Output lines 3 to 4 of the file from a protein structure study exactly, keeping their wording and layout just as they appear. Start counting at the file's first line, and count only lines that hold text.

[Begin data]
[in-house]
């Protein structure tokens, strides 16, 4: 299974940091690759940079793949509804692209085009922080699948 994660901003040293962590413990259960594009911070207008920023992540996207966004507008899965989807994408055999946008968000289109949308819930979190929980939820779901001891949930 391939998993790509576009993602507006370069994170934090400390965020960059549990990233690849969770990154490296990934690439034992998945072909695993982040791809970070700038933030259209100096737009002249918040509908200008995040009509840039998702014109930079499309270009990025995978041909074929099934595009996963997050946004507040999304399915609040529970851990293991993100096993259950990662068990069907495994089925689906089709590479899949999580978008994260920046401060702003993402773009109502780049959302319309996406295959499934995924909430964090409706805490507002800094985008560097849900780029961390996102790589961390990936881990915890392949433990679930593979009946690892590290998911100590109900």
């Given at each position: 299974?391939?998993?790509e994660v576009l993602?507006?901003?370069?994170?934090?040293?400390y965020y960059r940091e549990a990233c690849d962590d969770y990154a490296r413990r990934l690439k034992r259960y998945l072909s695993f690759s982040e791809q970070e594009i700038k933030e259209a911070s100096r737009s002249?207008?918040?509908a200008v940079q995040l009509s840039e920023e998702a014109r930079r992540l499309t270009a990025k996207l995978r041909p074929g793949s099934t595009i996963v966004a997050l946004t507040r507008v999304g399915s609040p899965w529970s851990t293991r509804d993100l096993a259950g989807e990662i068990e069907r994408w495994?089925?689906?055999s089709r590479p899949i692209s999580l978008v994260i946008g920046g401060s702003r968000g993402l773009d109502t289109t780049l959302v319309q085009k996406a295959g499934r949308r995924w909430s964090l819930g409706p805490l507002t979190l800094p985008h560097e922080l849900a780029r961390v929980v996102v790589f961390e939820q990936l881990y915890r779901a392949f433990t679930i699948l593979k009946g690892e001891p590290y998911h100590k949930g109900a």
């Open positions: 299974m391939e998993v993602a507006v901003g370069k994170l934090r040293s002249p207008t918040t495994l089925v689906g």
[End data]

């Given at each position: 299974?391939?998993?790509e994660v576009l993602?507006?901003?370069?994170?934090?040293?400390y965020y960059r940091e549990a990233c690849d962590d969770y990154a490296r413990r990934l690439k034992r259960y998945l072909s695993f690759s982040e791809q970070e594009i700038k933030e259209a911070s100096r737009s002249?207008?918040?509908a200008v940079q995040l009509s840039e920023e998702a014109r930079r992540l499309t270009a990025k996207l995978r041909p074929g793949s099934t595009i996963v966004a997050l946004t507040r507008v999304g399915s609040p899965w529970s851990t293991r509804d993100l096993a259950g989807e990662i068990e069907r994408w495994?089925?689906?055999s089709r590479p899949i692209s999580l978008v994260i946008g920046g401060s702003r968000g993402l773009d109502t289109t780049l959302v319309q085009k996406a295959g499934r949308r995924w909430s964090l819930g409706p805490l507002t979190l800094p985008h560097e922080l849900a780029r961390v929980v996102v790589f961390e939820q990936l881990y915890r779901a392949f433990t679930i699948l593979k009946g690892e001891p590290y998911h100590k949930g109900a």
């Open positions: 299974m391939e998993v993602a507006v901003g370069k994170l934090r040293s002249p207008t918040t495994l089925v689906g």